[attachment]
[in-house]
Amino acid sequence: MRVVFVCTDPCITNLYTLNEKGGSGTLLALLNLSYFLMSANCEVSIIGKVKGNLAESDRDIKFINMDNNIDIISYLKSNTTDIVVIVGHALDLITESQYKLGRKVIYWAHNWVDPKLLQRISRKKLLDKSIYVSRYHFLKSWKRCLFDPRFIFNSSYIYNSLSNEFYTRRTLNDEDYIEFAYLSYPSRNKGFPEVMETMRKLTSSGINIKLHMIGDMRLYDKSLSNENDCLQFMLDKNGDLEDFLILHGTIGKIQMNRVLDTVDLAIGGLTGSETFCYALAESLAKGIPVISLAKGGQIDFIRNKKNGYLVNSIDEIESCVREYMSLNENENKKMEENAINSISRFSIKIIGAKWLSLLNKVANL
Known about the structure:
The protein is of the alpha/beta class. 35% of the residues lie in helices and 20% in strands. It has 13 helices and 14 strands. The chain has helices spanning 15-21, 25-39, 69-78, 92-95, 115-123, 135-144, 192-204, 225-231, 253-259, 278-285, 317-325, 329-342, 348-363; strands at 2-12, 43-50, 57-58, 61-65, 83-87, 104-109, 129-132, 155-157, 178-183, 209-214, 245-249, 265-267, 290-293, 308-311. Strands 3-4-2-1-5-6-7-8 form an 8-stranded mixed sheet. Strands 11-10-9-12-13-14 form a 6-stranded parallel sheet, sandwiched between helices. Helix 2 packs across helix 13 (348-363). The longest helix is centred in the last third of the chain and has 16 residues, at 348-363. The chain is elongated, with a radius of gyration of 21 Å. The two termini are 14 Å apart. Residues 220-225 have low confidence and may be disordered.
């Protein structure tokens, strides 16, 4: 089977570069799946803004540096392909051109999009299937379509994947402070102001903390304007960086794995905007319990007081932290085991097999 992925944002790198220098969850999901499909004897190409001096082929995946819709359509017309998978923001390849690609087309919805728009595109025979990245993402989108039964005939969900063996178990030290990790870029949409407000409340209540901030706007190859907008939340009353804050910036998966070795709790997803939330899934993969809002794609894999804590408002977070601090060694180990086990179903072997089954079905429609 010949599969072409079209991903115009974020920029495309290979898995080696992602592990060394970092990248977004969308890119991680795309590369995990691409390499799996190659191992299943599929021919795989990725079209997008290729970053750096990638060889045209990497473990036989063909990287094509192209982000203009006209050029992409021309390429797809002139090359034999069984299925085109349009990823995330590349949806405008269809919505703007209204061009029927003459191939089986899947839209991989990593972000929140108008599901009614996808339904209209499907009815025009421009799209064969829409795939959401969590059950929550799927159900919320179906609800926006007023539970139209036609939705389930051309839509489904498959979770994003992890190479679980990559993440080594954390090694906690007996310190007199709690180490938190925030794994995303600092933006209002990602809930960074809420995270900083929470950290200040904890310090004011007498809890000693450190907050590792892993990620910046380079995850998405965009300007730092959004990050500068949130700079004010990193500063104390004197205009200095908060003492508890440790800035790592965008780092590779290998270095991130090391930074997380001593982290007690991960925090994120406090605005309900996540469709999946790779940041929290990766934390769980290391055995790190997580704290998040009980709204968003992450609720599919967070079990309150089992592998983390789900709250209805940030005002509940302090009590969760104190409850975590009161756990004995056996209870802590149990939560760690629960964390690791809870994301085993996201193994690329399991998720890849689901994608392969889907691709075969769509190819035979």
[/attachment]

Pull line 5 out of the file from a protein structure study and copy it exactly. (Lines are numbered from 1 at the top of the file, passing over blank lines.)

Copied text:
């Protein structure tokens, strides 16, 4: 089977570069799946803004540096392909051109999009299937379509994947402070102001903390304007960086794995905007319990007081932290085991097999 992925944002790198220098969850999901499909004897190409001096082929995946819709359509017309998978923001390849690609087309919805728009595109025979990245993402989108039964005939969900063996178990030290990790870029949409407000409340209540901030706007190859907008939340009353804050910036998966070795709790997803939330899934993969809002794609894999804590408002977070601090060694180990086990179903072997089954079905429609 010949599969072409079209991903115009974020920029495309290979898995080696992602592990060394970092990248977004969308890119991680795309590369995990691409390499799996190659191992299943599929021919795989990725079209997008290729970053750096990638060889045209990497473990036989063909990287094509192209982000203009006209050029992409021309390429797809002139090359034999069984299925085109349009990823995330590349949806405008269809919505703007209204061009029927003459191939089986899947839209991989990593972000929140108008599901009614996808339904209209499907009815025009421009799209064969829409795939959401969590059950929550799927159900919320179906609800926006007023539970139209036609939705389930051309839509489904498959979770994003992890190479679980990559993440080594954390090694906690007996310190007199709690180490938190925030794994995303600092933006209002990602809930960074809420995270900083929470950290200040904890310090004011007498809890000693450190907050590792892993990620910046380079995850998405965009300007730092959004990050500068949130700079004010990193500063104390004197205009200095908060003492508890440790800035790592965008780092590779290998270095991130090391930074997380001593982290007690991960925090994120406090605005309900996540469709999946790779940041929290990766934390769980290391055995790190997580704290998040009980709204968003992450609720599919967070079990309150089992592998983390789900709250209805940030005002509940302090009590969760104190409850975590009161756990004995056996209870802590149990939560760690629960964390690791809870994301085993996201193994690329399991998720890849689901994608392969889907691709075969769509190819035979």